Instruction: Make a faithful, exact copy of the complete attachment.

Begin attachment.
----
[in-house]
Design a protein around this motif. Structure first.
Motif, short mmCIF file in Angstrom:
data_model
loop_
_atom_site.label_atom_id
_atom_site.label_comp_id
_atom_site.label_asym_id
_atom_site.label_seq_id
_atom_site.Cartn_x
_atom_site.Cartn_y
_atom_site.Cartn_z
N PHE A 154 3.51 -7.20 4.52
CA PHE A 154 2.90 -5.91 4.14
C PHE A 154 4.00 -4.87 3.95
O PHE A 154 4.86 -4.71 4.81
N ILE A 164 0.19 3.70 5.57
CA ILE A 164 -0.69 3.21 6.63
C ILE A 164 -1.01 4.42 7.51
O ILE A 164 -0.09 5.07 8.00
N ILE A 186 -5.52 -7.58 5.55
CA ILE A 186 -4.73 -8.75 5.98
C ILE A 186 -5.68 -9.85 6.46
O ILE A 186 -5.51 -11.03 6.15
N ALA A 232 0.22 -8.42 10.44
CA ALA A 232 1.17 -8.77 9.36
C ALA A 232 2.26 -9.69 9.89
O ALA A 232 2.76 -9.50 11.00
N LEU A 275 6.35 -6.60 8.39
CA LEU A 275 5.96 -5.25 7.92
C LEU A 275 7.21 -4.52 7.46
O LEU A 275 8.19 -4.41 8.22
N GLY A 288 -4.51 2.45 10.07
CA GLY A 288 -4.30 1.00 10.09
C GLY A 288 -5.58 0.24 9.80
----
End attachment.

[in-house]
Design a protein around this motif. Structure first.
Motif, short mmCIF file in Angstrom:
data_model
loop_
_atom_site.label_atom_id
_atom_site.label_comp_id
_atom_site.label_asym_id
_atom_site.label_seq_id
_atom_site.Cartn_x
_atom_site.Cartn_y
_atom_site.Cartn_z
N PHE A 154 3.51 -7.20 4.52
CA PHE A 154 2.90 -5.91 4.14
C PHE A 154 4.00 -4.87 3.95
O PHE A 154 4.86 -4.71 4.81
N ILE A 164 0.19 3.70 5.57
CA ILE A 164 -0.69 3.21 6.63
C ILE A 164 -1.01 4.42 7.51
O ILE A 164 -0.09 5.07 8.00
N ILE A 186 -5.52 -7.58 5.55
CA ILE A 186 -4.73 -8.75 5.98
C ILE A 186 -5.68 -9.85 6.46
O ILE A 186 -5.51 -11.03 6.15
N ALA A 232 0.22 -8.42 10.44
CA ALA A 232 1.17 -8.77 9.36
C ALA A 232 2.26 -9.69 9.89
O ALA A 232 2.76 -9.50 11.00
N LEU A 275 6.35 -6.60 8.39
CA LEU A 275 5.96 -5.25 7.92
C LEU A 275 7.21 -4.52 7.46
O LEU A 275 8.19 -4.41 8.22
N GLY A 288 -4.51 2.45 10.07
CA GLY A 288 -4.30 1.00 10.09
C GLY A 288 -5.58 0.24 9.80